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socrateaser
socrateaser, Lawyer
Category: Legal
Satisfied Customers: 37952
Experience:  Retired (mostly)
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I am a travel nurse with my residence currently located in

Customer Question

I am a travel nurse with my residence currently located in Temecula ca. I am looking at moving to rent a home at*****in Valley Center CA. My current travel assignment is located at Scripps Memorial Hospital La Jolla,*****in La
Jolla ca. To receive my housing and food stipen, my job must be 50 miles from my home. I went to google to get the distance from Valley Center in CA to*****and received 3 routes. The first showed 46 minutes ( 35.9 miles) via CA - 56 W, 2nd showed
59 min (35.8 mi)via Co Hwy S6 and the 3rd showed 59 min ( 51.6 miles) via CA-78 w/Ronald Packard pkwy and I-5 S. The 51.6 miles route has less traffic and so, it can be a faster commute versus taking the lesser mile commute and being stuck in traffic not moving.
As a travel nurse, in order to receive my tax free housing and food stipends, my residence must be at least 50 miles from work. My question is for an accountant , I believe, can I use 51.6 miles or 59 min route via CA-78 w/Ronald Packard pkwy and I-5 S and
still receive the tax free housing stipend or would the IRS make me select the lesser mile route (46 minutes ( 35.9 miles)) which, could actually take me longer to get to work in traffic but is less miles and would disqualify me from the tax free benefit stipends.
Thanks Linda
Submitted: 1 year ago.
Category: Legal
Expert:  socrateaser replied 1 year ago.
Hello, Is this 50 mile limitation that you describe found in your employment contract?
Customer: replied 1 year ago.
The contract states the following " my compensation of $46.55 per hour or $1902 gross per week. This includes $14.00 per hour taxed at standard tax rates, and a non taxed per diem Of $268.40 each workMy gross pay is 1902 and my net is 1820. I was told about the food and housing stipen but that specific language is exclued from my contract.Should I ask them to include it so I won't have probkems with the IRS since I have already been doing this for a year . Ifvyes, and what should be included so I don't get in trouble?It's the companies contract but I can add some infitmation.
Expert:  socrateaser replied 1 year ago.
Yes, you should definitely get the agreement re the travel stipend in your contract, because there is no 50 mile limit in the IRS regulations. The rule for travel is more complicated than that. However, you can completely avoid any argument about what amount of deductions the IRS will alllow, by simply having your contract expressly state the amount that your employer will pay you for mileage. I hope I've answered your question. Please let me know if you require further clarification. And, please provide a positive feedback rating for my answer -- otherwise, I receive nothing for my efforts in your behalf.Thanks again for using justanswer.com!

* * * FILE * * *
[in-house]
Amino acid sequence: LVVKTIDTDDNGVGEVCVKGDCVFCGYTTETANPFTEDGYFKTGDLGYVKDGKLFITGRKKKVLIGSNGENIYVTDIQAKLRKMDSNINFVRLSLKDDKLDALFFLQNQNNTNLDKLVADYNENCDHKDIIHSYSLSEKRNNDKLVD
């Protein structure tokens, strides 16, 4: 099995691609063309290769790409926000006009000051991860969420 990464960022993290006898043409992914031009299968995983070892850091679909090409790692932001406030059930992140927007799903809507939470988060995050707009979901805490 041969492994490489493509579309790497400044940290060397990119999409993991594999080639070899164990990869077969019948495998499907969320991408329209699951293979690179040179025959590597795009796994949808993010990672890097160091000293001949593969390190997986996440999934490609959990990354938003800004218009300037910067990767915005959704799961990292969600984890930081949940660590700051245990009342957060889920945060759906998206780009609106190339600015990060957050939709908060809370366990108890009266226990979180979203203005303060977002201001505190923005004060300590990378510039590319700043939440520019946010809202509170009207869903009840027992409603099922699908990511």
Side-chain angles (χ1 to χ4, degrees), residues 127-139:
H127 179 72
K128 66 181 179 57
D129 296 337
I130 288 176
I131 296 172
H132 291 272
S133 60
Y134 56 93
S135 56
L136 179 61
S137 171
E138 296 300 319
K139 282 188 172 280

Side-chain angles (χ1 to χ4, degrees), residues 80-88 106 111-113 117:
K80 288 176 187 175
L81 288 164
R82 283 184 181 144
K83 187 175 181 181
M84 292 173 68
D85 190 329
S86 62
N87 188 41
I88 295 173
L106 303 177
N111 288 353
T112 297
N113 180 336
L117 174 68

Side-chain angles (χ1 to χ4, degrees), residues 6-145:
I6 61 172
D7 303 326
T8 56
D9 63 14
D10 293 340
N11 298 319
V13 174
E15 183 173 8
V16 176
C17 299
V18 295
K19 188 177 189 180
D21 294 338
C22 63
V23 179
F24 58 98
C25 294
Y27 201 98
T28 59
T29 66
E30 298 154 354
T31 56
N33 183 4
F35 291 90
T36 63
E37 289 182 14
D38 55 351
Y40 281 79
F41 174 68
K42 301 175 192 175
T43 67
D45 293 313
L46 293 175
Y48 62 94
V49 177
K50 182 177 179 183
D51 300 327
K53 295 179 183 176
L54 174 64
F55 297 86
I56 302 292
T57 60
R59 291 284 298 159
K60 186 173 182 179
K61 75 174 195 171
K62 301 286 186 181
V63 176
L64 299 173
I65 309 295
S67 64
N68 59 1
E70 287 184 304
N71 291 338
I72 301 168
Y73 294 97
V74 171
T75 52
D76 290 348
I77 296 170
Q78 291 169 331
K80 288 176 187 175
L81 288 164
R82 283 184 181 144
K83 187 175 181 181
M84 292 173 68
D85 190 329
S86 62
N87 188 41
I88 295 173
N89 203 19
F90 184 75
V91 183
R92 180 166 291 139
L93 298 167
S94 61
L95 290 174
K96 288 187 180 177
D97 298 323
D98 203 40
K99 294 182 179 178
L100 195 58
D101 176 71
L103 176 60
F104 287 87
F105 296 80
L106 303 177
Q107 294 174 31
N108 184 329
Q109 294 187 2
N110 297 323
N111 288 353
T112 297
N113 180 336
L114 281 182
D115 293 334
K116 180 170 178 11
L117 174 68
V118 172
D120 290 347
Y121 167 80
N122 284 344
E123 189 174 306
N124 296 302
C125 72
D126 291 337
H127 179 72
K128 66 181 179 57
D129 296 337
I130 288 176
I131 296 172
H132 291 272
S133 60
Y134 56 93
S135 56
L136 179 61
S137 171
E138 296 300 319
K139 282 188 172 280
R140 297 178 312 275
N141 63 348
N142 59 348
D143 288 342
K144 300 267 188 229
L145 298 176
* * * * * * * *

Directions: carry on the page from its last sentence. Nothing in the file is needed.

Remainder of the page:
Expert:  socrateaser replied 1 year ago.
Also, include food and housing. If you do not, then the employer doesn't have to pay anything for commuter travel.
Customer: replied 1 year ago.
I am sad that I asked a question related to this with just answer in the spring of this year for taxes and an accountant said that my 50 mile registry/agency nurse position qualified for the non taxed housing and food stipen. My question was just to clarify if moving which Google mileage to use. Your response negated the accountants answer where he confirmed the 50 Mike rule was valid. I filed taxes based on just answer accountants response and printed his response.I have used just answer for years and have always felt confident, up until niw.
Expert:  socrateaser replied 1 year ago.
I'm a tax lawyer. If you doubt my answer, then I suggest that you contact the accountant who originally advised you and ask him/her to, "Please cite the legal authority in support of the position that a 50 mile distance from a place of employment qualifies as travel out of town for purposes of deducting mileage as an employee." The 50-mile rule applies to moving expenses. 26 U.S.C. § 217(c); see IRS Tax Topic 455. It does not apply to travel expenses. Answers from "experts" should always be accompanied by citations to legal authority. If they are not, then the person providing the answer is not an expert, in my opinion. Because if he/she were, then he/she could cite the law. I hope I've answered your question. Please let me know if you require further clarification. And, please provide a positive feedback rating for my answer -- otherwise, I receive nothing for my efforts in your behalf.Thanks again for using justanswer.com!

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